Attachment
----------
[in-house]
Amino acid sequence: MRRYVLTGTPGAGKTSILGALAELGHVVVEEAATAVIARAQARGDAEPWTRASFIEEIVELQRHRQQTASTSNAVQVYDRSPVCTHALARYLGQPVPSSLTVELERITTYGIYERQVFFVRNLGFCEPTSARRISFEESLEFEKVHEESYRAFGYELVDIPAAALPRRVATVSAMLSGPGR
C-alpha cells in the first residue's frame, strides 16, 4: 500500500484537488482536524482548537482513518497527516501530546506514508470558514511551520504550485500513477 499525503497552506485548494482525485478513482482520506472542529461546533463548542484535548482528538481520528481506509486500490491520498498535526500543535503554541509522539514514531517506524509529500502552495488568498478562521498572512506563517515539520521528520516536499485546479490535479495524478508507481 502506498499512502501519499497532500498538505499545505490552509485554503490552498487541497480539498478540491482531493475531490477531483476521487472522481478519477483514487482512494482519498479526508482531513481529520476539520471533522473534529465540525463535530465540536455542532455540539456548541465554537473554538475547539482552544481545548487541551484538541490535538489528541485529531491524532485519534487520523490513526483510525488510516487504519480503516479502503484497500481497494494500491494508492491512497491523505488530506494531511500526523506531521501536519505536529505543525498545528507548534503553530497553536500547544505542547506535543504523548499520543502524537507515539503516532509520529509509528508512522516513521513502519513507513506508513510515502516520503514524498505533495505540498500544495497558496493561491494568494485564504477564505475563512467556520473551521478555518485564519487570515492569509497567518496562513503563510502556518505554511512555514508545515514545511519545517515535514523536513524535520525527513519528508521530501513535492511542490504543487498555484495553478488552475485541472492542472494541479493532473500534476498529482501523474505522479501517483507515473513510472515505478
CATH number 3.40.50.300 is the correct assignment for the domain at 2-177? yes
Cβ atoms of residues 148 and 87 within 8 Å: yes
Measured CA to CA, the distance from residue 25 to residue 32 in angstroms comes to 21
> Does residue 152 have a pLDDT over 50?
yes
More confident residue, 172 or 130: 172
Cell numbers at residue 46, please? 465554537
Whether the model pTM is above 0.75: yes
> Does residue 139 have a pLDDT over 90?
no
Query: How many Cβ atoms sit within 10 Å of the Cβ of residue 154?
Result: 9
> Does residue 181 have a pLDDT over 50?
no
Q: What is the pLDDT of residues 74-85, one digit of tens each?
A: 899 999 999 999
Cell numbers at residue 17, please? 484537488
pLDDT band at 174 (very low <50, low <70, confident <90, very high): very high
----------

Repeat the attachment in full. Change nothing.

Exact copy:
[in-house]
Amino acid sequence: MRRYVLTGTPGAGKTSILGALAELGHVVVEEAATAVIARAQARGDAEPWTRASFIEEIVELQRHRQQTASTSNAVQVYDRSPVCTHALARYLGQPVPSSLTVELERITTYGIYERQVFFVRNLGFCEPTSARRISFEESLEFEKVHEESYRAFGYELVDIPAAALPRRVATVSAMLSGPGR
C-alpha cells in the first residue's frame, strides 16, 4: 500500500484537488482536524482548537482513518497527516501530546506514508470558514511551520504550485500513477 499525503497552506485548494482525485478513482482520506472542529461546533463548542484535548482528538481520528481506509486500490491520498498535526500543535503554541509522539514514531517506524509529500502552495488568498478562521498572512506563517515539520521528520516536499485546479490535479495524478508507481 502506498499512502501519499497532500498538505499545505490552509485554503490552498487541497480539498478540491482531493475531490477531483476521487472522481478519477483514487482512494482519498479526508482531513481529520476539520471533522473534529465540525463535530465540536455542532455540539456548541465554537473554538475547539482552544481545548487541551484538541490535538489528541485529531491524532485519534487520523490513526483510525488510516487504519480503516479502503484497500481497494494500491494508492491512497491523505488530506494531511500526523506531521501536519505536529505543525498545528507548534503553530497553536500547544505542547506535543504523548499520543502524537507515539503516532509520529509509528508512522516513521513502519513507513506508513510515502516520503514524498505533495505540498500544495497558496493561491494568494485564504477564505475563512467556520473551521478555518485564519487570515492569509497567518496562513503563510502556518505554511512555514508545515514545511519545517515535514523536513524535520525527513519528508521530501513535492511542490504543487498555484495553478488552475485541472492542472494541479493532473500534476498529482501523474505522479501517483507515473513510472515505478
CATH number 3.40.50.300 is the correct assignment for the domain at 2-177? yes
Cβ atoms of residues 148 and 87 within 8 Å: yes
Measured CA to CA, the distance from residue 25 to residue 32 in angstroms comes to 21
> Does residue 152 have a pLDDT over 50?
yes
More confident residue, 172 or 130: 172
Cell numbers at residue 46, please? 465554537
Whether the model pTM is above 0.75: yes
> Does residue 139 have a pLDDT over 90?
no
Query: How many Cβ atoms sit within 10 Å of the Cβ of residue 154?
Result: 9
> Does residue 181 have a pLDDT over 50?
no
Q: What is the pLDDT of residues 74-85, one digit of tens each?
A: 899 999 999 999
Cell numbers at residue 17, please? 484537488
pLDDT band at 174 (very low <50, low <70, confident <90, very high): very high